The Mayan empire started to rise around 250 CE, building up vast cities which stretched along the Yucatan peninsula and into modern day Guatemala. From 900 to 1519, Yucatan was the main center of the empire, flourishing until the Spanish conquest in the 16th century. As the empire fell, their cities were left behind to be consumed by the jungles, only to be unearthed in our modern era. Today, we have the opportunity to explore some of these sites and learn about the enriching history and cultures of the region.
Temple of Kulkulkan, Chichen Itza
Chichen Itza is the most famous of all the Mayan archaeological zones in Yucatan. In fact, Chichen Itza is the most visited site in all of Mexico. As a UNESCO World Heritage Site, Chichen Itza is also considered one of the New Seven Wonders of the World. The site is located about 90 minutes driving time from Merida, however it is best enjoyed with a stop in Piste, the closest town and/or Valladolid in order to maximize the time available to explore this massive and crowded site. The pyramid of Kukulkan, The Thousand Column Plaza and The Temple of the Warriors are the most notable structures. The most popular times to visit this site is during the spring and autumn equinoxes when the ancient Mayans intuitions are best seen as Kulkulkan is perfectly lit up for his descent down the stairs. Purchasing souvenirs is easy with the numerous vendors located around the grounds, often times overwhelmingly so. The entrance fee for this site was the most expensive at 650 pesos as a foreigner, as expected due to its popularity.
Mayapan is the lesser known of the ancient Mayan cities in Yucatan which we can visit today. Its small size is not indicative to the importance it held at the height of it's dominance in the region from 1200 to 1450 at which time the city served at the primary governmental and cultural hub. The site is very accessible from Merida as it is located about 30 miles to the southeast of the city. The entrance fee for foreigners is less than 100 pesos making it a very affordable stop during a day trip outside of the city. One main difference with Mayapan is that of the three discussed here, Mayapan is the only site which allows visitors to climb upon the structures. The main landmark is the Temple of Kulkulkan with numerous other buildings around the site.
Temple of Kulkulkan, Mayapan
Pyramid of the Magician, Uxmal
Upon your entry to this UNESCO World Heritage site, you will be greeted immediately by the Pyramid of the Magician. Uxmal is a very large site with many structures to explore. After enjoying the awe of the pyramid, the path with lead you to the Nunnery Quadrangle followed by a stroll through the center of the field where the Mayans once played their now well-known ball game. Climbing the stairs around the corner will bring you face to face with the Governor's Palace and sweeping scenery of the site, including a gorgeous view of the Pyramid. Uxmal is notable for its Pucc style constructions, which featured smooth walls derived from the local limestone as a predecessor to concrete, and masks paying homage to the Rain God, Chaac. Located across the street from Uxmal, you will also find ChocoStory to complete the visit. Not only can you learn about the cultivation and history of chocolate, but local wildlife is also on display. ChocoStory is a separate ticket, not included in the 550 pesos entrance fee for foreigners to visit Uxmal.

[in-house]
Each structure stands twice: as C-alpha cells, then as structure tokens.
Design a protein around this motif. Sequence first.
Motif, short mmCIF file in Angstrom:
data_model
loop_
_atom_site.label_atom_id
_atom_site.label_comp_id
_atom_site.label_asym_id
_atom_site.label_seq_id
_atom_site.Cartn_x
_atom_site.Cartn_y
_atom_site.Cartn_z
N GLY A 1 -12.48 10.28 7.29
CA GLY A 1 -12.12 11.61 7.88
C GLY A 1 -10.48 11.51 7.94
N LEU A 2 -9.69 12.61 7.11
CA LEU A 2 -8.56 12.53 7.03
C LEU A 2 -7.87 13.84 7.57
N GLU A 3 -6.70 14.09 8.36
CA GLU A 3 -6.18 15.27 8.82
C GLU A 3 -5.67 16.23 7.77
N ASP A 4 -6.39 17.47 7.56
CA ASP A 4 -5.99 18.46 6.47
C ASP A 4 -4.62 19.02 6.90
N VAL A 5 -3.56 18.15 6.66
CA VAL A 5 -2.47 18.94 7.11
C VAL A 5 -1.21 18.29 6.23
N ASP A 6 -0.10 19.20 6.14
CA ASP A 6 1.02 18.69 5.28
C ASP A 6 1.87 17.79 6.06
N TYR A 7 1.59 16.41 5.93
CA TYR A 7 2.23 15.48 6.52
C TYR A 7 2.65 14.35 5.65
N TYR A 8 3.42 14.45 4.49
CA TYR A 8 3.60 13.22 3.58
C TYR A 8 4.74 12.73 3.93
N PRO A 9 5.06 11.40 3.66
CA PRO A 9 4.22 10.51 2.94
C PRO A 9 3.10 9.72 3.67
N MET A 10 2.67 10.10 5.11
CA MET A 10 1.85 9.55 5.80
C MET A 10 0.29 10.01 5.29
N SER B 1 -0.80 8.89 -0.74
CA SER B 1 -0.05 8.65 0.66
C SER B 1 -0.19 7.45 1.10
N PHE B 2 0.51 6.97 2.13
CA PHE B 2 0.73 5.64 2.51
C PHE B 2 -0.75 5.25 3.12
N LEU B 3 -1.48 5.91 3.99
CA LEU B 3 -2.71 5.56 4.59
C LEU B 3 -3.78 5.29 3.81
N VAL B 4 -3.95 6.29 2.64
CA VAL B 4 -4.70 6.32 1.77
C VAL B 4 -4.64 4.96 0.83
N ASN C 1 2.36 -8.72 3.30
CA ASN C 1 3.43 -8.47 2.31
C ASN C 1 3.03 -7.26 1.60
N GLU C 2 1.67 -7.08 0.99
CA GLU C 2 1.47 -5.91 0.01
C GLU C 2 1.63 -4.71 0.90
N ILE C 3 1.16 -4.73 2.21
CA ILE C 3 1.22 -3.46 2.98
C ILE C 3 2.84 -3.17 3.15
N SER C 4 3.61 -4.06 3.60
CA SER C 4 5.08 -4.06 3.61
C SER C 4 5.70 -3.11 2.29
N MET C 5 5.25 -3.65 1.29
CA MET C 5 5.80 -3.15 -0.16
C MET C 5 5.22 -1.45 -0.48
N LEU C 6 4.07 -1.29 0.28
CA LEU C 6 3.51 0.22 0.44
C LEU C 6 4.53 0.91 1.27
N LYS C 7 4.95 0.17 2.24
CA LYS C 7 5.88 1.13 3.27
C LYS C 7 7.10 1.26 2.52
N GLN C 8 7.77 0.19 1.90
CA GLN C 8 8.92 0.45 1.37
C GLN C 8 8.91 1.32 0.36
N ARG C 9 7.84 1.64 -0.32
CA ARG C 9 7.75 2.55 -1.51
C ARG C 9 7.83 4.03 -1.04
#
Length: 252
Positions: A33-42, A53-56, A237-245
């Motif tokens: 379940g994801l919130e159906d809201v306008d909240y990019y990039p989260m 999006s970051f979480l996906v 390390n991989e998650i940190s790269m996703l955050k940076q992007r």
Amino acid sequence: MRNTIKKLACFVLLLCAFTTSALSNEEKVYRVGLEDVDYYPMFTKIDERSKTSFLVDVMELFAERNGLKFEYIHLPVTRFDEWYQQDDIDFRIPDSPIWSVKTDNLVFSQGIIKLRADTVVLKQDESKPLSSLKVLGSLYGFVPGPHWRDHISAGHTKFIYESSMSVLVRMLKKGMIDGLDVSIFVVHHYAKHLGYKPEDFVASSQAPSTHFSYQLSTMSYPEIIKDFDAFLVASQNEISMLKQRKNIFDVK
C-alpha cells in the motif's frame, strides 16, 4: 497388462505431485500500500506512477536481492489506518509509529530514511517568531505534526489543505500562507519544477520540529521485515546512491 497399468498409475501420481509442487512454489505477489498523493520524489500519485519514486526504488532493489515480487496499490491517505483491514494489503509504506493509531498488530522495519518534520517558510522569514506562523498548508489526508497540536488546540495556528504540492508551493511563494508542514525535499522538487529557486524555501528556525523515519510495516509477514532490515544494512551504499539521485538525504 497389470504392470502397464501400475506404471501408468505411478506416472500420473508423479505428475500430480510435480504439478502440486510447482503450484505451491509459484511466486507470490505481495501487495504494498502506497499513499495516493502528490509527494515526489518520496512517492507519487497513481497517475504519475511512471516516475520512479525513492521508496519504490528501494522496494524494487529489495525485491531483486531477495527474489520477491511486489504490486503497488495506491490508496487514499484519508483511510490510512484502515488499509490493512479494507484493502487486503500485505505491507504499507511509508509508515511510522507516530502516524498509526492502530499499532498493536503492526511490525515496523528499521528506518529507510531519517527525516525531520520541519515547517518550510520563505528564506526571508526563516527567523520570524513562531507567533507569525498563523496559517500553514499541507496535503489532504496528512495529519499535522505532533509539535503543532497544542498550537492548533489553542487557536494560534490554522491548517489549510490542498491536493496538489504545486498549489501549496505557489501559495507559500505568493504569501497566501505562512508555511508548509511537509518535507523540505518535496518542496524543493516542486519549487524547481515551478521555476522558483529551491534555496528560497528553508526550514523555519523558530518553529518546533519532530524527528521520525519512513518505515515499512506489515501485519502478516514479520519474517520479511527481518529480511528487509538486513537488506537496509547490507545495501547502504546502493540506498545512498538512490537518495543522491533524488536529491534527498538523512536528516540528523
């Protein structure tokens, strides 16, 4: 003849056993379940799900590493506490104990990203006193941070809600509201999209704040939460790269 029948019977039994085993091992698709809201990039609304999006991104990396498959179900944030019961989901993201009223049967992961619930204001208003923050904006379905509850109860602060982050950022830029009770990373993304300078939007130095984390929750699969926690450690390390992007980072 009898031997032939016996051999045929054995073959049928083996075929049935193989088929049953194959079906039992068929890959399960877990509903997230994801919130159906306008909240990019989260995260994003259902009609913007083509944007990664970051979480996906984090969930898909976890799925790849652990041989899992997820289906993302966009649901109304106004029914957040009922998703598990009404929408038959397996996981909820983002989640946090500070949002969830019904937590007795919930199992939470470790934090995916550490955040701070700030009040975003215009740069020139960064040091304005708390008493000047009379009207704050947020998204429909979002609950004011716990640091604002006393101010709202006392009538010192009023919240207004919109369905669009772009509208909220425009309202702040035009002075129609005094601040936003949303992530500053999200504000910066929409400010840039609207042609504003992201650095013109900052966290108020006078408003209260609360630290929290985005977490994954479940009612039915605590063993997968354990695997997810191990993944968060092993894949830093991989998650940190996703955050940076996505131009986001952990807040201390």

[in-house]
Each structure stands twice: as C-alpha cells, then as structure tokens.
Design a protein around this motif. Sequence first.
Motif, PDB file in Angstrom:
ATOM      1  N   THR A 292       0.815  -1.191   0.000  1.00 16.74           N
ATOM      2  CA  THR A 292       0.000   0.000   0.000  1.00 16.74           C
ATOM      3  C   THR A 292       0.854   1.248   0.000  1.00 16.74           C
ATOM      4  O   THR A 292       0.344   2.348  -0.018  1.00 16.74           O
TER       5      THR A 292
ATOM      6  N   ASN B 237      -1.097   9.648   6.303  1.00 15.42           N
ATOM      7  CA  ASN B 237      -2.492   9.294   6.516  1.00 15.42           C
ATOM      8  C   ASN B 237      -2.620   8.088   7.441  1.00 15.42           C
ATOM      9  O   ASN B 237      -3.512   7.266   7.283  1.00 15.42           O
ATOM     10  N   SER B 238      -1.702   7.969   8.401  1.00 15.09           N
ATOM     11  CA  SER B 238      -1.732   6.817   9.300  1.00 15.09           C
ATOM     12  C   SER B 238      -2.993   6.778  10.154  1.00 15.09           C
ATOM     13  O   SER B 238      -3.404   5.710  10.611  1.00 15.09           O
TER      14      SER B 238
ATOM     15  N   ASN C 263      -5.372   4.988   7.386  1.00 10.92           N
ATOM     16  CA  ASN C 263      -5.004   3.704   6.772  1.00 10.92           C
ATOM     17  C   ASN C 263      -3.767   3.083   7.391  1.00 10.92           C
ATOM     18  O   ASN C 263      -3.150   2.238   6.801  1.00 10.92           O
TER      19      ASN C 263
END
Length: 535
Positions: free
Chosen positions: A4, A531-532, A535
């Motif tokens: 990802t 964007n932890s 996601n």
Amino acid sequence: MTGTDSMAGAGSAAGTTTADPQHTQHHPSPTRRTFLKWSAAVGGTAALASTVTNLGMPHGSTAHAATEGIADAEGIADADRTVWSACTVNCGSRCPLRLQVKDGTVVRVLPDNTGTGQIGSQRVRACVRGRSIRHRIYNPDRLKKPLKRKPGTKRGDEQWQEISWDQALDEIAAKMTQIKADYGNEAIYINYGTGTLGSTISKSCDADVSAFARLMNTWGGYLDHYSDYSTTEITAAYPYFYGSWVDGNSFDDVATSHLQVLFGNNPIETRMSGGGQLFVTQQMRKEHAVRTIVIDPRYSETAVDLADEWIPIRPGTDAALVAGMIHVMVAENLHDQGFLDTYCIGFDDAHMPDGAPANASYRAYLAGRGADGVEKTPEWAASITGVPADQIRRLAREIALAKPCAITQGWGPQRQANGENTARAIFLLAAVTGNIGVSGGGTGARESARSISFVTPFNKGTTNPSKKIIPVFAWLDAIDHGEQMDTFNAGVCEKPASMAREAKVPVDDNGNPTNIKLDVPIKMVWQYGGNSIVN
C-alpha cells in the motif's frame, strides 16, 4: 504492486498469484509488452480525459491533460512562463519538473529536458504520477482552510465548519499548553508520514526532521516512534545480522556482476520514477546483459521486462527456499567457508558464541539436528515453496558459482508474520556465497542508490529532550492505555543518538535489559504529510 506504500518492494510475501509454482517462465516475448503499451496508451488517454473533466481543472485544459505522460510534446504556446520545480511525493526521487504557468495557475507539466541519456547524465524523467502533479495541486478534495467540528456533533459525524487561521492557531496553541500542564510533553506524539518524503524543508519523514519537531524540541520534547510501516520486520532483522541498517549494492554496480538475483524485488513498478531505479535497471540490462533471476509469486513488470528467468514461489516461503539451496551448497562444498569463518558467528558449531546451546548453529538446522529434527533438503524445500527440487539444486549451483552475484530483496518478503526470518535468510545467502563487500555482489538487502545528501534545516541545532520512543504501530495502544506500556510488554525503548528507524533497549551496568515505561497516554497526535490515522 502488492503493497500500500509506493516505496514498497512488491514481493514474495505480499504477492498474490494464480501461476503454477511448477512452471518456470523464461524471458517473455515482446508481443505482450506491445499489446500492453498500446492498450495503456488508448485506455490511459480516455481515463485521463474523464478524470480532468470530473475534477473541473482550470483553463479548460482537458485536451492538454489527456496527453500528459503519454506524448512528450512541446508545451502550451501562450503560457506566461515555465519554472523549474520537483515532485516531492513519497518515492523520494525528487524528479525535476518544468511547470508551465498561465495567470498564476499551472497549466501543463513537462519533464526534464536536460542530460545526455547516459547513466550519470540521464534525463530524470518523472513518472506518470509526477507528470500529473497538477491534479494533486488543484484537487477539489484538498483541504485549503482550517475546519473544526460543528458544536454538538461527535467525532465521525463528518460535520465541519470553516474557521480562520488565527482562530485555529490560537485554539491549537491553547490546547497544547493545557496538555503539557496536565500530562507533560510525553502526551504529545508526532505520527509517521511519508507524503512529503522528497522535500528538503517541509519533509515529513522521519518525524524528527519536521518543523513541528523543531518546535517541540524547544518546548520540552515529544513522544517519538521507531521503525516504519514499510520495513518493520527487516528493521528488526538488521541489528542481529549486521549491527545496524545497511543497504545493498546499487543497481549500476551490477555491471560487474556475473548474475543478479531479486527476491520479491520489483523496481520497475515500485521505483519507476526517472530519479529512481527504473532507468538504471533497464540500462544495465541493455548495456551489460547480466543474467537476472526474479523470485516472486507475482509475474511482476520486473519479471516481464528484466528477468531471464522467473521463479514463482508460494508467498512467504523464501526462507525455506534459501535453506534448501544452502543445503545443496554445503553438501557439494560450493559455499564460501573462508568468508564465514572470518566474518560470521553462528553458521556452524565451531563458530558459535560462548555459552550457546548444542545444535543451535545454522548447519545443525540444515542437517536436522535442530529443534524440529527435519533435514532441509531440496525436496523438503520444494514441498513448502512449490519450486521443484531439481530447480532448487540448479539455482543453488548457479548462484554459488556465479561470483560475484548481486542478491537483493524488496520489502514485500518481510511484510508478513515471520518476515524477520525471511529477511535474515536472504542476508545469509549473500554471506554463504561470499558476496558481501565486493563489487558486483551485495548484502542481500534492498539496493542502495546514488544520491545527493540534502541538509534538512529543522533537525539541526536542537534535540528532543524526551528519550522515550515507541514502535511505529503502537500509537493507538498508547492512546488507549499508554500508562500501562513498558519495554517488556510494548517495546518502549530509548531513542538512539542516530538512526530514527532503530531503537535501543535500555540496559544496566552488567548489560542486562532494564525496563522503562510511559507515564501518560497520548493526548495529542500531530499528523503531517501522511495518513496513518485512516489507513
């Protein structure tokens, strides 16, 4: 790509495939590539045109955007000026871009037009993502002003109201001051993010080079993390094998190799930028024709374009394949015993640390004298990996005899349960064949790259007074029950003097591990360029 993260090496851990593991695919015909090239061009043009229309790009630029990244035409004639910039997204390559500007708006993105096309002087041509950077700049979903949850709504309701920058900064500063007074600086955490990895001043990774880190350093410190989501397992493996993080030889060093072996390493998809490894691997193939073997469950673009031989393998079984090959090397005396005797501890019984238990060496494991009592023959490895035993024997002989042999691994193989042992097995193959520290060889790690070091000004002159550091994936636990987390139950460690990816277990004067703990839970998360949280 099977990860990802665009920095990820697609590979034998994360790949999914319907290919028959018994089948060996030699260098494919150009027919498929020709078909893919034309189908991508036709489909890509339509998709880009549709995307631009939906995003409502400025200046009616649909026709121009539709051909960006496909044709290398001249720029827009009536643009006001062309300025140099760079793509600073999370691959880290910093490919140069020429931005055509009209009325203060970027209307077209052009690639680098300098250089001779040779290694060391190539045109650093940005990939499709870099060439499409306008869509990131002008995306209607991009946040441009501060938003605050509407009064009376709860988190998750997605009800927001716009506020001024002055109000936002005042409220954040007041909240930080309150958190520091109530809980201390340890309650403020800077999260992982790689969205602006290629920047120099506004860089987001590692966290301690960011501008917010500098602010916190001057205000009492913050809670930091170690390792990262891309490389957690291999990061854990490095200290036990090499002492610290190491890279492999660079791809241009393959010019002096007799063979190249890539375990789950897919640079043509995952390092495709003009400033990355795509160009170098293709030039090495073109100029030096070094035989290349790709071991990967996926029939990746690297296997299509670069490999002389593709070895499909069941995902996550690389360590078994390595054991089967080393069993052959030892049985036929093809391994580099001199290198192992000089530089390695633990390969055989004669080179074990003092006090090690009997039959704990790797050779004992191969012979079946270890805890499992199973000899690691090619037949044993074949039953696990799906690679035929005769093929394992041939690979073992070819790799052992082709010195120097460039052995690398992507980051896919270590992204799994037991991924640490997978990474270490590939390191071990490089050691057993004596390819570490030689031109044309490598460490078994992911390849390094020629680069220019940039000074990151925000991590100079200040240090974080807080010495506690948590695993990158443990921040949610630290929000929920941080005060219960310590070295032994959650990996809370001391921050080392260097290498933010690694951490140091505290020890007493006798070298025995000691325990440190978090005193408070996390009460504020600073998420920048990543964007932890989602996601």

While Chichen Itza, Uxmal and Mayapan are the most well-known sites, there are other notable archaeological sites located throughout the rest of the state, such as Ek Balam, Dzibilchaltún and various modern-day cities built upon former ruins such as Izamal, Motul and the state capital, Merida. While visiting any of these locations, it is best to bring a water bottle, sunscreen, a hat and wear light clothing with comfortable shoes. I would also recommend starting off a visit earlier in the day before the heat of the sun or showers of rainy season flare up in the afternoon. The climate in Yucatan can be unrelenting and the archaeological sites provide very little shade.
Kulkulkan was an important deity for the Mayans, seen here with the temple at Chichen Itza behind
As beautiful and interesting as Chichen Itza is, it is also difficult to recommend as a must-see destination due to the crowds and unrelenting vendors which make the experience difficult to fully enjoy. Uxmal was a better experience, however during my visit much of the site was closed off. I am unsure if this is the norm or only due to the pandemic, however. Of the three sites, Mayapan was my favorite by far. When I visited, there were only two other groups present and most of the time it felt as if we had the entire city to ourselves to explore. Being able to climb to the top of the temple also provided for an amazing vista of the entire site and the surrounding area which is unforgettable. When planning a visit to Yucatan, Mexico, be sure to include a day or two to visit these amazing pieces of history. Regardless which site you do visit, you will certainly enjoy the glimpse into the past.